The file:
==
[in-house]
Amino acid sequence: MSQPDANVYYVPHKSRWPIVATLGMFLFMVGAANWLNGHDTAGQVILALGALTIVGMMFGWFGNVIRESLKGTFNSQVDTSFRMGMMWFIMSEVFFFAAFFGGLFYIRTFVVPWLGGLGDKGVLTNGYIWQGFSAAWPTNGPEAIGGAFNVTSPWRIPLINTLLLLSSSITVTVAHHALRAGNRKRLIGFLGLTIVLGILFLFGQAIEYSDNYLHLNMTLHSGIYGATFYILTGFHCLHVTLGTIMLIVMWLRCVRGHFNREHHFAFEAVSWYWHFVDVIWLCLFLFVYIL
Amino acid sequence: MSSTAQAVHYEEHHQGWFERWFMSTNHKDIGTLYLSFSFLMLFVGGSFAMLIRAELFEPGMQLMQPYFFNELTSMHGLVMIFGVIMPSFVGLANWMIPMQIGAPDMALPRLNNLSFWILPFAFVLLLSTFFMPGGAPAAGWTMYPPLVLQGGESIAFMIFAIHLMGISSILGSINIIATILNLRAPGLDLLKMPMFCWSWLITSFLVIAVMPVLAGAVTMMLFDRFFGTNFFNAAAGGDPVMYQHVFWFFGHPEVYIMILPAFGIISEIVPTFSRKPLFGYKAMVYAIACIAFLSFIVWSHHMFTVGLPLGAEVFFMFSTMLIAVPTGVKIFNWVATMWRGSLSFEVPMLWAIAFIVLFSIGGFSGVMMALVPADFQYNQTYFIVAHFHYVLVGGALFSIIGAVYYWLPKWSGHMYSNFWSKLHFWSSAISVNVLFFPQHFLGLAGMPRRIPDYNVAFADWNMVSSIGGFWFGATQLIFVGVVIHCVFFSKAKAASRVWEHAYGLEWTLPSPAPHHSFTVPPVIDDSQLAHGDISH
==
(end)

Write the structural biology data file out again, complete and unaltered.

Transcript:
[in-house]
Amino acid sequence: MSQPDANVYYVPHKSRWPIVATLGMFLFMVGAANWLNGHDTAGQVILALGALTIVGMMFGWFGNVIRESLKGTFNSQVDTSFRMGMMWFIMSEVFFFAAFFGGLFYIRTFVVPWLGGLGDKGVLTNGYIWQGFSAAWPTNGPEAIGGAFNVTSPWRIPLINTLLLLSSSITVTVAHHALRAGNRKRLIGFLGLTIVLGILFLFGQAIEYSDNYLHLNMTLHSGIYGATFYILTGFHCLHVTLGTIMLIVMWLRCVRGHFNREHHFAFEAVSWYWHFVDVIWLCLFLFVYIL
Amino acid sequence: MSSTAQAVHYEEHHQGWFERWFMSTNHKDIGTLYLSFSFLMLFVGGSFAMLIRAELFEPGMQLMQPYFFNELTSMHGLVMIFGVIMPSFVGLANWMIPMQIGAPDMALPRLNNLSFWILPFAFVLLLSTFFMPGGAPAAGWTMYPPLVLQGGESIAFMIFAIHLMGISSILGSINIIATILNLRAPGLDLLKMPMFCWSWLITSFLVIAVMPVLAGAVTMMLFDRFFGTNFFNAAAGGDPVMYQHVFWFFGHPEVYIMILPAFGIISEIVPTFSRKPLFGYKAMVYAIACIAFLSFIVWSHHMFTVGLPLGAEVFFMFSTMLIAVPTGVKIFNWVATMWRGSLSFEVPMLWAIAFIVLFSIGGFSGVMMALVPADFQYNQTYFIVAHFHYVLVGGALFSIIGAVYYWLPKWSGHMYSNFWSKLHFWSSAISVNVLFFPQHFLGLAGMPRRIPDYNVAFADWNMVSSIGGFWFGATQLIFVGVVIHCVFFSKAKAASRVWEHAYGLEWTLPSPAPHHSFTVPPVIDDSQLAHGDISH